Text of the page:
real social problem because of industrialization and motorization 1. Two
million individuals each year sustain traumatic brain injury in the United
States, resulting in 56,000 deaths 2.

It is becoming a major cause of
death and disability. Establishing a reliable prognosis after injury is
difficult. On the other hand, clinicians treating patients often make
therapeutic decisions based on their assessment of prognosis. Many prognostic
models have been reported but none are widely used.7

7. Perel P,
Edwards P, Wentz R, Roberts I. Systematic review of prognostic models in
traumatic brain injury. BMC Med Inform Decis Mak 2006; 6:38.


We have developed two
prognostic models one is dependent on only clinical variable and other investigational
variables of CT imaging for predicting two clinically relevant outcomes in
patients with traumatic brain injury.. The models have excellent discrimination
and good fit with both internal validation.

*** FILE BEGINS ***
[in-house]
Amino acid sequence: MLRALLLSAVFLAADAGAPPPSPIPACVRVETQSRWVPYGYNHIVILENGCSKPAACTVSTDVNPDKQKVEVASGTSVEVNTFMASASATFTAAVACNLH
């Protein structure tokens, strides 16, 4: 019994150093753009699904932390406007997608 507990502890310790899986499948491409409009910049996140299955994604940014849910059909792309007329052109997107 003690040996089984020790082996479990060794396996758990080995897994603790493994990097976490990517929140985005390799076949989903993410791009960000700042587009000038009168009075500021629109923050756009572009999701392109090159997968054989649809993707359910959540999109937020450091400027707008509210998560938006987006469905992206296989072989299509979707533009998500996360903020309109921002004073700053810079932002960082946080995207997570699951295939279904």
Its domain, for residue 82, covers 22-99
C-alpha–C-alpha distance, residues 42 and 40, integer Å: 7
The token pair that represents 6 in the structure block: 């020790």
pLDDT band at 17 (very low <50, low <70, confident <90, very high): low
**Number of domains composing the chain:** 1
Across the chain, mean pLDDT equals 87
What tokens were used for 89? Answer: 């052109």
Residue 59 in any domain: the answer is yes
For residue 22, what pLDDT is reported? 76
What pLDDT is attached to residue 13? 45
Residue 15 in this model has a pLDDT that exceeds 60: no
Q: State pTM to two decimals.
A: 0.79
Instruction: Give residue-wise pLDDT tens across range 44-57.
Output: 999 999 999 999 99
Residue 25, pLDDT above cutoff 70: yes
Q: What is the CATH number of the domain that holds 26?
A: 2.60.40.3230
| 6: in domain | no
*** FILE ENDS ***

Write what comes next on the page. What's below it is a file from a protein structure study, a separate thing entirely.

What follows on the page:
The clinical model
variables were similar to crash study, however in our study the respiratory
rate, anisocoria, systolic blood pressure found to have significant effect on
TBI outcome, which were not there in many of the outcome studies of TBI. The
systolic blood pressure and respiratory rate were very good predictors in many
studies in trauma patients.8,9,10  The
extra-cranial injury which is one of the clinical factor in crash study, but in
our study it was not significantly effecting the  outcome (p value =0.944).

The clinical Model
sensitivity, accuracy. AUC of ROIC curve in fact are better comparted to

Imaging model. The error
rates by resubstitution, test set, cross validation and bootstrap
methods are almost similar .However the specificity is better with imaging
model. When compared with Z test there is no significant difference between the
two models. Thus the clinical model gives an equally good estimation of
prognosis particularly at site of injury or any natural disaster.


Limitations: Our
study is not a multicentre study. The external validation was not performed in
a different location or a centre.